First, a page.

It’s probably not something most guys talk about—or even admit to themselves—if they suddenly feel a lump or an unusual firmness in their testicles.
“We all do it,” said Dr. Zach Klaassen, a urologic oncologist at Georgia Cancer Center who admits that he finally got his blood pressure checked a couple of years ago, but should have done it five years ago. “We’re all the same; none of us want to go. We’re in denial—‘Oh, it’ll get better.’ We’re wired the same way.”
But when it comes to testicular cancer, men—especially young men ages 15 to 39, who are at the highest risk for it—can’t be in denial. “Fear is fine, but don’t let it paralyze you and stop you from getting checked if there’s a problem,” said Klaassen.
Why Denial Doesn’t Work
Klaassen says a good way to check testicles is to compare them to how the soft pad at the base of your thumb feels. There shouldn’t be a lump or a hard firmness.
Sure, the testicles can sometimes swell or feel different because of infection or maybe even a cyst. But any change should be checked out. “Best case scenario: I tell you it’s nothing, go enjoy your life and keep doing self-checks,” he said.
But say you keep avoiding the problem: Testicular cancer metastasizes very easily, traveling a specific path outside the scrotum and into the abdomen, stretching up to lymph nodes, and can even reach up into the liver and lungs. For example, Klaassen recently performed a surgery for testicular cancer that required him to do an incision from the belly up to the chest to remove a 15-centimeter tumor—about half the size of a football. “You don’t want that surgery,” he said.
Taking Control of Testicular Cancer
Even though finding cancer early—before it’s left the testicle—is good, any diagnosis is never easy. “These are guys who are basically at the peak of their lives, who are hit with this diagnosis,” said Klaassen. “There’s a disruption with school, work, family life—often young children as well, if not young relationships. It’s a big blow to the entire psyche; everything they know is turned upside down.”
Then there’s the stress of follow-up visits, checking tumor markers, getting the next set of images, and coming back to the physician for the news the next day.
Those are challenges, said Klaassen, but here’s how he helps guys overcome them:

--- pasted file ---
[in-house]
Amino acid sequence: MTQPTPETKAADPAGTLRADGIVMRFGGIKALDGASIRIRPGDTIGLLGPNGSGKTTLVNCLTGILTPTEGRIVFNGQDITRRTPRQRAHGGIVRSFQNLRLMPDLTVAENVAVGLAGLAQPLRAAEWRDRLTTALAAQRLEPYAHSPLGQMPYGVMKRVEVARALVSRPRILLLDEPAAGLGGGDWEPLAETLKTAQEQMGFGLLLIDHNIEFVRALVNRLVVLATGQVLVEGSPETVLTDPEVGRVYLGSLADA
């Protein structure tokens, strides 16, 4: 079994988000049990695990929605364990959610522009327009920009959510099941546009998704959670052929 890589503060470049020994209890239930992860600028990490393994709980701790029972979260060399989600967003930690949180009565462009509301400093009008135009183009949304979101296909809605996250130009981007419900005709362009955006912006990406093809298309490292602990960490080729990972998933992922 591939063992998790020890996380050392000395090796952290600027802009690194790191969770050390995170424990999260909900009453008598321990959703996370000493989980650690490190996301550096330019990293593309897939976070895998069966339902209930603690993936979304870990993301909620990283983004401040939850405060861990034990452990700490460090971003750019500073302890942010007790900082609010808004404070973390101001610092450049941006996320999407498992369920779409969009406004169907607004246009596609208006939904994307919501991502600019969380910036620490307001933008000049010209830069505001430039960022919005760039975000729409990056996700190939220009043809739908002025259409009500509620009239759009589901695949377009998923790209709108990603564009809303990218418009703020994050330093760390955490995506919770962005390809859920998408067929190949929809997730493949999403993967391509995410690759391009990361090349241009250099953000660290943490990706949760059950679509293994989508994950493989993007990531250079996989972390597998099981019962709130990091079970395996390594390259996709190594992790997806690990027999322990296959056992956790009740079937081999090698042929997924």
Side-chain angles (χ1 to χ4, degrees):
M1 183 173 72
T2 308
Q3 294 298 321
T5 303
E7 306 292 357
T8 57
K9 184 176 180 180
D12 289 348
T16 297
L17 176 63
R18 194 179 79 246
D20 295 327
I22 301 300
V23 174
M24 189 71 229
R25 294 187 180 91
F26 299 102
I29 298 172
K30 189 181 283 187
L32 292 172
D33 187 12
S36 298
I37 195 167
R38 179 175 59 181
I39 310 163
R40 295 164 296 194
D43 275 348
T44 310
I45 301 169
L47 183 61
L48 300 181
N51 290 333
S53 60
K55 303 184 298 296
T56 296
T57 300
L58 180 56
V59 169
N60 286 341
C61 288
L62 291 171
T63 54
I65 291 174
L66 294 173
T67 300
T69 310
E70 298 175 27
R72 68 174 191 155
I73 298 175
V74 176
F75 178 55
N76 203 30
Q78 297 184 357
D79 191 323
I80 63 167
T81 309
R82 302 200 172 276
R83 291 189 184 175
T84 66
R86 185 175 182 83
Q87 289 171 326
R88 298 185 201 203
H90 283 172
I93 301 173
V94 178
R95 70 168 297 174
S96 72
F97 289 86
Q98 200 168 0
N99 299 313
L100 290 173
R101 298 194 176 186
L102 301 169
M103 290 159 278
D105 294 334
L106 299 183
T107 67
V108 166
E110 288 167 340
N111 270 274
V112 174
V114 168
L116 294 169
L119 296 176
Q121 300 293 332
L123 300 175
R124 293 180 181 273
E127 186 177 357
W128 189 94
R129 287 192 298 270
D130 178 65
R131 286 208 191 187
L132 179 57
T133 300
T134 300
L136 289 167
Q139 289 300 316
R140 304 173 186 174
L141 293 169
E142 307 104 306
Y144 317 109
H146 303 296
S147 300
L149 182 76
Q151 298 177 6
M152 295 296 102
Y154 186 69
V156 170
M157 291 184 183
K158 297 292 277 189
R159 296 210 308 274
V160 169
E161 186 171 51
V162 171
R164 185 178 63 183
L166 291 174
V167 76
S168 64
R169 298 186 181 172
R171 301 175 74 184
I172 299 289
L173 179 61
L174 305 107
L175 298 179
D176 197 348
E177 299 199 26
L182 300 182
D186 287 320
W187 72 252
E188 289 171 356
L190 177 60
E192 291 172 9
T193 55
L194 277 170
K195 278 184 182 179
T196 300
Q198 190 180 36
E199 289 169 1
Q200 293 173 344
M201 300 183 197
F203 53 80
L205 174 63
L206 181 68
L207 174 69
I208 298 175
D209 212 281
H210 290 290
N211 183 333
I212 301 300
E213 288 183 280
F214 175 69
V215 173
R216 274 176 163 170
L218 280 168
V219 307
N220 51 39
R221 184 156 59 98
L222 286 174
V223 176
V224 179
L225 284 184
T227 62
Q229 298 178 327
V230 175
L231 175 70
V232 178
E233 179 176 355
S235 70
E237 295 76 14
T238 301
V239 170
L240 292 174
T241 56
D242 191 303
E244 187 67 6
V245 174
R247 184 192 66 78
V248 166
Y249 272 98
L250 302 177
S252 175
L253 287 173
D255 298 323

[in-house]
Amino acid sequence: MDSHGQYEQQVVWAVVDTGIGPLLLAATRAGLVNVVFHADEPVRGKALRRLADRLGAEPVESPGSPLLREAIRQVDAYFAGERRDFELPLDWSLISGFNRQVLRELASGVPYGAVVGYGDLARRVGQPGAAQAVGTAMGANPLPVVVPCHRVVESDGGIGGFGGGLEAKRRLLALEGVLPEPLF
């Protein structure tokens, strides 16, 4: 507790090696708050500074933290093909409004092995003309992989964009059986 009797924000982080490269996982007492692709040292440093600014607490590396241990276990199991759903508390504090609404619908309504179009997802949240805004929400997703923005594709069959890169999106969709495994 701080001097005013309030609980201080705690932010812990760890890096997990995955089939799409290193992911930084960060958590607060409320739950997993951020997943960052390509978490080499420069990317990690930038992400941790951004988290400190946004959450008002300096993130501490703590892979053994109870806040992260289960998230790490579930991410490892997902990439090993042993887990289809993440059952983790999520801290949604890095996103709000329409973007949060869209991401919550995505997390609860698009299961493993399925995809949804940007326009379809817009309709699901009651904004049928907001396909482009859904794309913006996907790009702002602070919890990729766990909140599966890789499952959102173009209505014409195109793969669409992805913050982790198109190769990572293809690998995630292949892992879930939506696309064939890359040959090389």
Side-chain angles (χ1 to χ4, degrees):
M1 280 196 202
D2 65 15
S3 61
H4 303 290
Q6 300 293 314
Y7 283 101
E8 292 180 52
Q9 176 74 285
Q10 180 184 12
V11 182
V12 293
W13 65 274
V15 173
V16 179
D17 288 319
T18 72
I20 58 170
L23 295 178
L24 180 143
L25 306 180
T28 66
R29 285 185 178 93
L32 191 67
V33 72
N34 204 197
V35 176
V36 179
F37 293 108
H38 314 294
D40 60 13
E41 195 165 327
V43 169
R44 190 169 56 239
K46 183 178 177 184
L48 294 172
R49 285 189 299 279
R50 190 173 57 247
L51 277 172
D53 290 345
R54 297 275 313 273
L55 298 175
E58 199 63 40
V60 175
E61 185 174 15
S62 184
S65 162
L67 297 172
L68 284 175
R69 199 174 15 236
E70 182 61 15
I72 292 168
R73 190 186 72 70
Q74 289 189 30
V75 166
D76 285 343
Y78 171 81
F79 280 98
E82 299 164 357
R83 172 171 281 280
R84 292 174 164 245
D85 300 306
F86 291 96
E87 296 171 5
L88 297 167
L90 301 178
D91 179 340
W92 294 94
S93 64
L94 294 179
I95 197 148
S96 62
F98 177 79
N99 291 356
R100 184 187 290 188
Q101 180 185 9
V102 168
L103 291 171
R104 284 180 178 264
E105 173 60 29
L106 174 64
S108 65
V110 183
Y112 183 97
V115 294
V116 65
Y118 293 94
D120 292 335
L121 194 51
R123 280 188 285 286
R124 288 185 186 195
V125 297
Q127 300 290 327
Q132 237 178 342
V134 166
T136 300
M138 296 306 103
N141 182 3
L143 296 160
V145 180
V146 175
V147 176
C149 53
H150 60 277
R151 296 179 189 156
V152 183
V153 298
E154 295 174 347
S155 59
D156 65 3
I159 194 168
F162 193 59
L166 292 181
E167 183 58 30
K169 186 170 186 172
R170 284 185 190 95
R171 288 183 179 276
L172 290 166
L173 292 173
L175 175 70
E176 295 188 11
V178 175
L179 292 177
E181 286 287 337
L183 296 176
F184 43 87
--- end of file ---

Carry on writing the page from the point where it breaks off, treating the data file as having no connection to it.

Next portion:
· If someone is diagnosed with testicular cancer at the Georgia Cancer Center and the cancer can be treated with surgery alone, Klaassen schedules the procedure that same day. In theory, it decreases the risk of spreading, but it also keeps denial away. “It may sound dramatic, but we don’t want them disappearing,” said Klaassen.
· Other patients may need surgery and chemotherapy, and if chemo’s involved, Klaassen also talks to these guys about sperm banking since the treatment can affect fertility, at least in the short term.
· Each patient also gets a calendar of his follow-up schedule, so he knows exactly what’s going to happen in a month, six months, a year, and five years down the road. For example, for someone with an advanced disease, chemotherapy might last three to four months, followed by surgery, then six weeks of recovery, three to six months of surveillance for the first several years, followed then by annual checks. “There’s no guessing what’s coming up next, and they can buy into their treatment and care,” he said.
· Everyone gets Klaassen’s email address, too. “I say if you have questions, reach out to me,” he said. “If you’re worried or feel like you want to slack off on visits, email me so we can go back and forth on it.”
His nursing team and residents are the same way. “We keep tabs on how these guys are doing. We talk about side effects of chemo and surgery, their sexual lives, how it’s going to be with just one testicle—all those things that might freak a young guy out,” he said. “We have a lot of personal communication and talk about home life, family, work, and school. And I have a low threshold for referral to psycho-oncology.
“I want to be a champion for these guys,” he added. “I’m not that much older than they are. I’m still in the age category that’s at risk, and I tell them that I tell my friends and everybody in this age group to do self-exams. That’s the take-home message from this: If something doesn’t feel right, it may be nothing, but check it out to make sure.”
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